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IN MY OPINION

Is my austere classroom low-impact? Some reflections on high-impact learning

Suggesting students should replace classroom learning with so-called real-world experiences actually weakens the argument for a university education.

By APRIL MCGRATH | AUG 10 2018

As I scanned the headlines in the University Affairs newsletter recently, I was excited to see an article about how to get students to commit to high-impact learning. However, I was disappointed to discover that the article was more about the student experience than about learning. It appears that high-impact learning is a catchphrase for a plethora of activities, including ones that happen outside of the classroom – and these authors seem eager to move students out of the classroom.

This impression was confirmed when the authors claimed that students prefer something else to the “austere surroundings of a classroom,” where presumably I drone on in a “traditional lecture.” That’s a pity, because I mistakenly thought that I was engaging and challenging my students while guiding them on a path of intellectual curiosity and development.

I was also perplexed that these particular institutional leaders don’t seem to place great value in the activities that occur in the classroom. Universities are largely collections of buildings that house classrooms (and other types of rooms) where people learn, and so to value universities is to value this environment in which people think, discuss, question and learn.

Why does the classroom get short shrift? Because the article isn’t about education (the word doesn’t come up once), and if it isn’t about education it’s difficult to understand how it can be about universities. But let’s return to the classroom, which definitely is part of a university experience education.

Is my classroom austere? In some ways, I suppose it is. It’s a simple room, minimally furnished with chairs, chalkboards and whiteboards, an overhead screen and computer, and sometimes with windows! Simple but sufficient.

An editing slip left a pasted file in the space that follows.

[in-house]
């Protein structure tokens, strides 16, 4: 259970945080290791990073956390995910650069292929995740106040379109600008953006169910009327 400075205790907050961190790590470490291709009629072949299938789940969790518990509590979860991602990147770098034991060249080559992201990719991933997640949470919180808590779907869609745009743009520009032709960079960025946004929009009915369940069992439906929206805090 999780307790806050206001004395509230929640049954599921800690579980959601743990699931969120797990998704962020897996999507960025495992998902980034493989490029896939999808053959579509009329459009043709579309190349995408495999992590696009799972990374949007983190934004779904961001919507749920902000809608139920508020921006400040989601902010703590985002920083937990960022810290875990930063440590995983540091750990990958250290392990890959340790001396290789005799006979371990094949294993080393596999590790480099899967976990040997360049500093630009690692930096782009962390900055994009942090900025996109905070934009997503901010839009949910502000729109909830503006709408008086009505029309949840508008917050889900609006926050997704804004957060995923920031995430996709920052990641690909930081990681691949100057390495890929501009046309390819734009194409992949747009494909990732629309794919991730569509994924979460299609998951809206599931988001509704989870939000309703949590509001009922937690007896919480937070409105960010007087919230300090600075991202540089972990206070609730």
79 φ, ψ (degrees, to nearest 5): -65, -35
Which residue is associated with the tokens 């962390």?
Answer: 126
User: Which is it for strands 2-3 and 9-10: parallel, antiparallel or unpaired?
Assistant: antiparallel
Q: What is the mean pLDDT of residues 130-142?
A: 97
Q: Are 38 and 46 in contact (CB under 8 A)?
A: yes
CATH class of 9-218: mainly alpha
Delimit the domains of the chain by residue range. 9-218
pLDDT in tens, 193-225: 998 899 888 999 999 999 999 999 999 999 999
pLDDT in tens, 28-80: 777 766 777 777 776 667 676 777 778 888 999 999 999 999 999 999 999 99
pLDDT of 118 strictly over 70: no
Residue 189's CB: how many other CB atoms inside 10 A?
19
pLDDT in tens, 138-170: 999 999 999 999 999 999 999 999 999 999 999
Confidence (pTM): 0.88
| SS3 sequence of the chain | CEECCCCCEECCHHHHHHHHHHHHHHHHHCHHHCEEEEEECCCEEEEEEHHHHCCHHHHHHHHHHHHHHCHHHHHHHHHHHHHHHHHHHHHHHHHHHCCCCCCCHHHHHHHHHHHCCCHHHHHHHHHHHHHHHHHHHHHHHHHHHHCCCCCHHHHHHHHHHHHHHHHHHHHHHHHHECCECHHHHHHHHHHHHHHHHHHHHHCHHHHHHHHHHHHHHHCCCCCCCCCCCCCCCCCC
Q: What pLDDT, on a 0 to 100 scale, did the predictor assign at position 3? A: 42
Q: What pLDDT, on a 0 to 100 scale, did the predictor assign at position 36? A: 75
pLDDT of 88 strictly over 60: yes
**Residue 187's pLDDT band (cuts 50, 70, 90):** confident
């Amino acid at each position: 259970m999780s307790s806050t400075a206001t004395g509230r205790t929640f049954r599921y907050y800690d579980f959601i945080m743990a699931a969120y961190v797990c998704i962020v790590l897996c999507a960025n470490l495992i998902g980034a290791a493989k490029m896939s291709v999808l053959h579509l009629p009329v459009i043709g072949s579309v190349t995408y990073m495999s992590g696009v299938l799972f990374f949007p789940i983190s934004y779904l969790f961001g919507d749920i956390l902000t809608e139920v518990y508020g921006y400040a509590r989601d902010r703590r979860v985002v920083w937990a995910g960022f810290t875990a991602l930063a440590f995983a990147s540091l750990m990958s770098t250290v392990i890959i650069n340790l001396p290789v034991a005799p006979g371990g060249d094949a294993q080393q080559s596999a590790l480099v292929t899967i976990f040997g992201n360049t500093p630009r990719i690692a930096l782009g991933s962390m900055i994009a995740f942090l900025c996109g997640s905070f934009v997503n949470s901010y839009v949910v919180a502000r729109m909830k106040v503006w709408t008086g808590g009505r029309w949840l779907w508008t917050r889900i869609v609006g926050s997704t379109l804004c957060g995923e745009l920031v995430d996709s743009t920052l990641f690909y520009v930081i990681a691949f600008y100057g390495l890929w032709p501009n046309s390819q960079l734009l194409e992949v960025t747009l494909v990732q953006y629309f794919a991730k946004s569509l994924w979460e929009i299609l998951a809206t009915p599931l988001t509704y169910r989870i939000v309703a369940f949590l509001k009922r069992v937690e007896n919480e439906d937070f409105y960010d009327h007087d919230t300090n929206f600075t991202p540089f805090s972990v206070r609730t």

I don’t find the space lacking and my concern is that these authors were not actually criticizing the physical space. Rather, they seem to believe that the whole classroom “experience” is austere and that something important is missing, which needs to be fixed with high-impact learning outside the classroom.

I’m sure students do learn while completing an internship or volunteering, but let’s not pretend that these are a substitute for, or are higher impact than, a statistics or literature course. Classroom-based courses and high-impact learning experiences outside the classroom are simply different things (although I would argue that courses are high-impact learning experiences and indeed several of the high-impact practices recommended by educators are classroom-based).

The authors promote a way to quantify student participation in high-impact learning experiences, because apparently if you don’t convert an experience into numbers, it doesn’t exist. So, you get 30 points for becoming a student co-author on a paper and a measly five points for participating in a student organization. Well, that seems fair enough. But the authors also mention participating in post-hurricane relief, yet they haven’t provided the point total for that high-impact learning experience. I understand the difficulty, because the proper point total probably depends on how impactful that experience was. We’d need to know hours spent providing relief, the number of positive human interactions conducted, and so on.

Surely being a co-author on a publication, participating in a student organization or volunteering after a natural disaster are rewarding enough on their own terms. What does awarding points and medals add to a university education? In my opinion, it subtracts. Yes, it’s a way to incentivize participation in these activities, but researchers have investigated the effects of extrinsic motivators on behaviour for years and the story is not straightforward; sometimes rewards backfire. More importantly, if students want to help their communities or gain job experience, they should. But we don’t need to make it a competition and award the winners.

In our quest to demonstrate the value of a university education, we have ventured down some puzzling paths. Suggesting students should replace classroom learning with so-called real-world experiences actually weakens the argument for a university education. If we’re playing this game because government funding is contingent on student participation in high-impact learning experiences, then we need to define the classroom as a space where that happens and convince the government, and the public, that universities are a social good worthy of public funding. They are a space for human growth and discovery. That is high impact.

April McGrath is an associate professor in the department of psychology at Mount Royal University.

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